A foreign student emailed me the following questions.
(1) According to Jerry Fodor, does intentionality reduce to the reference of mental symbols plus the relation between the subject and the symbols?
(2) Under this theory, what happens to Gricean “communicative intentionality”?
As far as I can tell the answer to (1) is, roughly, yes. The difference bewteen beliefs, desires, and other mental states is in the different functional relations they stand in with the subject that has them. The difference between beliefs about dogs vs. beliefs about cats is that the former refer to dogs, while the latter refer to cats. And mutatis mutandis, it’s not just Fodor. Most philosophers of mind with naturalistic inclinations believe that mental states’ capacity of being about things–their intentionality–is due to how they relate to the things they represent and to the subject that has them. At least, this should be a decent first approximation.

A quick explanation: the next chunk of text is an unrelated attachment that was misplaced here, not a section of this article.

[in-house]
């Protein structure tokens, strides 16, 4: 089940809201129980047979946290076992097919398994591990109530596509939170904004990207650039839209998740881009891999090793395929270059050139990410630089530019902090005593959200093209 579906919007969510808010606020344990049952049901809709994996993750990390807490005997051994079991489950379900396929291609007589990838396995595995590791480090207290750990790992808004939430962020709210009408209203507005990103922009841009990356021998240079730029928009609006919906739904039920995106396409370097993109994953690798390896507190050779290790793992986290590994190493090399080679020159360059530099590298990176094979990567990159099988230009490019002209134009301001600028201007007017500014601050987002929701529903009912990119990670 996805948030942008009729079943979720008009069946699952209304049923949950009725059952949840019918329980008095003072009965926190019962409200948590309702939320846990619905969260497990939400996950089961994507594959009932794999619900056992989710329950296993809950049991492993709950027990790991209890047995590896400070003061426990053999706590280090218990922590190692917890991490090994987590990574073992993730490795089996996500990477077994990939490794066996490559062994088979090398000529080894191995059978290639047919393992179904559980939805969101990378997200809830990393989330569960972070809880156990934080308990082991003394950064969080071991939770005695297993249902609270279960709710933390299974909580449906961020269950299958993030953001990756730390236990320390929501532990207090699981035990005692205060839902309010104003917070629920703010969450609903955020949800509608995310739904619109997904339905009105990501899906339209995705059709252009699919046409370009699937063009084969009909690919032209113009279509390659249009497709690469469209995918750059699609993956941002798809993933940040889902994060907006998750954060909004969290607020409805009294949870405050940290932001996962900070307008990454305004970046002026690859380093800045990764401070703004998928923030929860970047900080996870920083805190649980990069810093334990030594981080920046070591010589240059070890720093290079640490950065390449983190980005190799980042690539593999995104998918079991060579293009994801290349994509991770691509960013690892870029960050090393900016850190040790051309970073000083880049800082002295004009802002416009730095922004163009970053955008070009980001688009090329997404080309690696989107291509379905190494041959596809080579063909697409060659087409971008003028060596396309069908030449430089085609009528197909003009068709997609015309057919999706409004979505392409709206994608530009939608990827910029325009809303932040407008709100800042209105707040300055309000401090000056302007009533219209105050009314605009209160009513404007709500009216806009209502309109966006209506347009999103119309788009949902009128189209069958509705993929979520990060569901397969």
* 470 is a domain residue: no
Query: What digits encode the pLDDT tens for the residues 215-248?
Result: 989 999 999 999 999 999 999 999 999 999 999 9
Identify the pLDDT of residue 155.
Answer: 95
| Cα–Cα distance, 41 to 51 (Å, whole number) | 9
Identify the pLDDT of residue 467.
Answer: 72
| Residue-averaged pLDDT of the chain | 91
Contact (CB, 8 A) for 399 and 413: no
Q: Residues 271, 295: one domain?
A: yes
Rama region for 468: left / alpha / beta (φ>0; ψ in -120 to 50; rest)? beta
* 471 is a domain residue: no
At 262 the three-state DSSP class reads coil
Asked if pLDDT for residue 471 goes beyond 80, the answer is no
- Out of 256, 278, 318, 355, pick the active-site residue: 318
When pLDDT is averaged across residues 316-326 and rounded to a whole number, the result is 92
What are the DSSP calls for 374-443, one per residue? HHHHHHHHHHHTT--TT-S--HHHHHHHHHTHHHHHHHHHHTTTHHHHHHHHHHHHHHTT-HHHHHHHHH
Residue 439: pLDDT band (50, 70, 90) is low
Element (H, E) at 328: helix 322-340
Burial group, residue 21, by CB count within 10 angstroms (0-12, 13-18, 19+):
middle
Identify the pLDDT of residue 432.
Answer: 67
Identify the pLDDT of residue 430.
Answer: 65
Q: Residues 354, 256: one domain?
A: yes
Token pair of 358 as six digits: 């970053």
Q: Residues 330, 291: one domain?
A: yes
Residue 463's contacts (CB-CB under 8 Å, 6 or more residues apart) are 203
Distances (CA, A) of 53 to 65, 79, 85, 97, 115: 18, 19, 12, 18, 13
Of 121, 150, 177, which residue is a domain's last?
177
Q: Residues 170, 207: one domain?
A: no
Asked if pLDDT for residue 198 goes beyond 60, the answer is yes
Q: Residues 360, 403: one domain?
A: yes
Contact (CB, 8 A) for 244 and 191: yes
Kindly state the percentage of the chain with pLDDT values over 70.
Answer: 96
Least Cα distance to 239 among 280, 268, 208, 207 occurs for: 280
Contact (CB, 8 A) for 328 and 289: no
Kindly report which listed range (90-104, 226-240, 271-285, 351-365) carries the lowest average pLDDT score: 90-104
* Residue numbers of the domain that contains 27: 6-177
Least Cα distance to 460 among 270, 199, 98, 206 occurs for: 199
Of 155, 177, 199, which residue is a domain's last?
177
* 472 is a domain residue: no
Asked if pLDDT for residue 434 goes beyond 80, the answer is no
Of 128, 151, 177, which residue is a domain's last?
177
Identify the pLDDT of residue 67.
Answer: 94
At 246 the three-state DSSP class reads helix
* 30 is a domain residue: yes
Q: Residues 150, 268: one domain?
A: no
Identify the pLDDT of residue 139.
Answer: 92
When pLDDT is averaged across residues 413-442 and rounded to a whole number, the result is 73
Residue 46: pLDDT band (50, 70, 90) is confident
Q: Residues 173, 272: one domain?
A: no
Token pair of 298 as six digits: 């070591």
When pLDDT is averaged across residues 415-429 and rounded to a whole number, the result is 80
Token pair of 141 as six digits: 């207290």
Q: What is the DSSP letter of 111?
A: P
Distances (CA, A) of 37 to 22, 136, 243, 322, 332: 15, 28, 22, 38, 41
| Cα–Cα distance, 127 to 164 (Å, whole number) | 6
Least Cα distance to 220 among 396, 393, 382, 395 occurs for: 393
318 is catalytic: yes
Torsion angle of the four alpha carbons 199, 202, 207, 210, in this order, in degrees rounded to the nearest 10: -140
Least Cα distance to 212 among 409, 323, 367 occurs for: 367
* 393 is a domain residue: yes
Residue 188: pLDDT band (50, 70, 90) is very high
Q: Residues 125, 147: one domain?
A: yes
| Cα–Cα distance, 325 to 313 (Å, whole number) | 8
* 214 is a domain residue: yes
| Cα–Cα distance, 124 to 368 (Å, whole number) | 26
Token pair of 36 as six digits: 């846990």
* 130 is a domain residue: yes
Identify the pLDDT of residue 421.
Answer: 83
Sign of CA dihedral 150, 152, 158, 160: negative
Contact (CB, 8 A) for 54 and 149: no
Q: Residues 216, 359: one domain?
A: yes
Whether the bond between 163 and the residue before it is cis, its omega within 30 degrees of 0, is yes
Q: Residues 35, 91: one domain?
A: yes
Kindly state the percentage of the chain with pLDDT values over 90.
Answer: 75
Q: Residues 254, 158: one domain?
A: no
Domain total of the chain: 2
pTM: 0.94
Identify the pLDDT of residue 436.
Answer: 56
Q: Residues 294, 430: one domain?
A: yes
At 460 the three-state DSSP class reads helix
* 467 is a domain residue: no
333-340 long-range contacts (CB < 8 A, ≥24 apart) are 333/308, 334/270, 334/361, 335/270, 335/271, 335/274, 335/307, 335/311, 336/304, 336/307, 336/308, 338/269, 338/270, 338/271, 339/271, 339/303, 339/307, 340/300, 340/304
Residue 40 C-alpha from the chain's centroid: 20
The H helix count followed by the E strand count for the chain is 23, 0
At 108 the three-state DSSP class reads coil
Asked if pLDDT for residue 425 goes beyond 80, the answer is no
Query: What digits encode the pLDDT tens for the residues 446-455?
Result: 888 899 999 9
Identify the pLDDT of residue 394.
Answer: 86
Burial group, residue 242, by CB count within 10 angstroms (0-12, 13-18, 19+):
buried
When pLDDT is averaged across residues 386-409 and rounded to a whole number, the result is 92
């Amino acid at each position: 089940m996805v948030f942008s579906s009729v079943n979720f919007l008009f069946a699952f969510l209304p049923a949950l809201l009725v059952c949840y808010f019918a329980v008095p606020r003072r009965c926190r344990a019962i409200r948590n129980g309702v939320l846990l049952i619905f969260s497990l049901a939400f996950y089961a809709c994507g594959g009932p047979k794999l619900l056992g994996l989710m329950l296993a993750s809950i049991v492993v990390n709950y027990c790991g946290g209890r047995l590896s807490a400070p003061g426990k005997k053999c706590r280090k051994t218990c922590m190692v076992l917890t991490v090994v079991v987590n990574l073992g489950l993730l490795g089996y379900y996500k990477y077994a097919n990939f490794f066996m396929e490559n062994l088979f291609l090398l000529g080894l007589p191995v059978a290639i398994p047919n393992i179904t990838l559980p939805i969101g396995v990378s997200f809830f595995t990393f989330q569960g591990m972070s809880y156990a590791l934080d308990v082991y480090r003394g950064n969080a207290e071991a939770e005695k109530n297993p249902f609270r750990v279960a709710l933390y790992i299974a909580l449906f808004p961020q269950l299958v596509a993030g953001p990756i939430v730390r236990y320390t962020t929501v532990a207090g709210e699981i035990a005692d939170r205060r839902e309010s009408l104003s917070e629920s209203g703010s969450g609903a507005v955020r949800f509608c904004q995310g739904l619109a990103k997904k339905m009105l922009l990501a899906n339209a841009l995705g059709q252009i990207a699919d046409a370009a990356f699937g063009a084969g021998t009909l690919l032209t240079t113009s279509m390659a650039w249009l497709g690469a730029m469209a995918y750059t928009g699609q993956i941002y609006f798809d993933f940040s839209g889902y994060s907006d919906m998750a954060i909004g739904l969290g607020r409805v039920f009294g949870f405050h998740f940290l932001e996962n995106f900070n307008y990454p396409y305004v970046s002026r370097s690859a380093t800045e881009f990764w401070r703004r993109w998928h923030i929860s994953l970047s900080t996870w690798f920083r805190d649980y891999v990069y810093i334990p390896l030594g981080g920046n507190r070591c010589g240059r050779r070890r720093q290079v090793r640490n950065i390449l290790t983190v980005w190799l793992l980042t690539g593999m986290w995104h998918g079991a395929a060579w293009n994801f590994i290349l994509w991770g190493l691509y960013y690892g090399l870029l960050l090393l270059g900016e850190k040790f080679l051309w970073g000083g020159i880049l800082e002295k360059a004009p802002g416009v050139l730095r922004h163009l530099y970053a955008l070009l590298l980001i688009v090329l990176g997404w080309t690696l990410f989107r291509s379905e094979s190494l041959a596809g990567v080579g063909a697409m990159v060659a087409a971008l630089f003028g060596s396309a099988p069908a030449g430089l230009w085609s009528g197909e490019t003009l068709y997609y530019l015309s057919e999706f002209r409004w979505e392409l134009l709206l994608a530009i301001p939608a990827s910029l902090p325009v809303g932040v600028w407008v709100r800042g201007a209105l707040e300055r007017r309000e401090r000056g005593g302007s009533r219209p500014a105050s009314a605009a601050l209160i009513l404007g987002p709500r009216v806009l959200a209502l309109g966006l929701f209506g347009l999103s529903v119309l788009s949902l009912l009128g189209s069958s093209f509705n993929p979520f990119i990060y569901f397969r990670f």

Now to question (2). According to Grice, the meaning of statements is fixed in part by speakers’ intentions. Ok, but intentions can do this because they are assumed to already possess mental content. What gives mental content to intentions? Grice did not have much of an answer to that. Fodor (and other naturalistically inclined philosophers of mind) do. The answer is that intentions are mental representations, and mental representations have content because of how they relate to what they represent plus how they relate to the subject that has them.
This way, Fodor (and others) can help Grice complete his theory of meaning in a naturalistic direction. As far as I can tell, this was one of the original motivations that got naturalized theories of content off the ground. Does this sound right?